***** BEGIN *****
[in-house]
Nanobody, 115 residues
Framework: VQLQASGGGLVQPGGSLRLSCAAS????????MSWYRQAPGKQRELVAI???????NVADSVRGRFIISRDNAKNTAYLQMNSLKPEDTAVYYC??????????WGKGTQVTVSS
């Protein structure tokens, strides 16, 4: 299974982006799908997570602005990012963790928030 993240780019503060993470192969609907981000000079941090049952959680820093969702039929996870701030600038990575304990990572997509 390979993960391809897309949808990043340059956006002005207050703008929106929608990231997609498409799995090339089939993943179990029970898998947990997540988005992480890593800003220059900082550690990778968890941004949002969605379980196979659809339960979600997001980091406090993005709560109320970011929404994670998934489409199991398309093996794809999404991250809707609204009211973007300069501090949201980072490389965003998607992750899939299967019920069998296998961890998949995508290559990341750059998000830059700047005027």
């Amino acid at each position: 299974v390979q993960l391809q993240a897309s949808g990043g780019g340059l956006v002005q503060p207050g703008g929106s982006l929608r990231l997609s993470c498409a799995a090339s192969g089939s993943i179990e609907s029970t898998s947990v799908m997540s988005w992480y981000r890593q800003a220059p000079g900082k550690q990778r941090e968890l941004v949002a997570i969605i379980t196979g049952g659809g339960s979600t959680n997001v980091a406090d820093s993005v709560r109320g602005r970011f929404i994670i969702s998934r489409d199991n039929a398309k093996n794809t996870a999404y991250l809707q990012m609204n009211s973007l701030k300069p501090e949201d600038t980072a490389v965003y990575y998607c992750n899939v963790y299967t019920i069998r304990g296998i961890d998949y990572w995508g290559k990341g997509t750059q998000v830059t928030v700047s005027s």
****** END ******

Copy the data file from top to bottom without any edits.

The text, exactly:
[in-house]
Nanobody, 115 residues
Framework: VQLQASGGGLVQPGGSLRLSCAAS????????MSWYRQAPGKQRELVAI???????NVADSVRGRFIISRDNAKNTAYLQMNSLKPEDTAVYYC??????????WGKGTQVTVSS
């Protein structure tokens, strides 16, 4: 299974982006799908997570602005990012963790928030 993240780019503060993470192969609907981000000079941090049952959680820093969702039929996870701030600038990575304990990572997509 390979993960391809897309949808990043340059956006002005207050703008929106929608990231997609498409799995090339089939993943179990029970898998947990997540988005992480890593800003220059900082550690990778968890941004949002969605379980196979659809339960979600997001980091406090993005709560109320970011929404994670998934489409199991398309093996794809999404991250809707609204009211973007300069501090949201980072490389965003998607992750899939299967019920069998296998961890998949995508290559990341750059998000830059700047005027």
């Amino acid at each position: 299974v390979q993960l391809q993240a897309s949808g990043g780019g340059l956006v002005q503060p207050g703008g929106s982006l929608r990231l997609s993470c498409a799995a090339s192969g089939s993943i179990e609907s029970t898998s947990v799908m997540s988005w992480y981000r890593q800003a220059p000079g900082k550690q990778r941090e968890l941004v949002a997570i969605i379980t196979g049952g659809g339960s979600t959680n997001v980091a406090d820093s993005v709560r109320g602005r970011f929404i994670i969702s998934r489409d199991n039929a398309k093996n794809t996870a999404y991250l809707q990012m609204n009211s973007l701030k300069p501090e949201d600038t980072a490389v965003y990575y998607c992750n899939v963790y299967t019920i069998r304990g296998i961890d998949y990572w995508g290559k990341g997509t750059q998000v830059t928030v700047s005027s």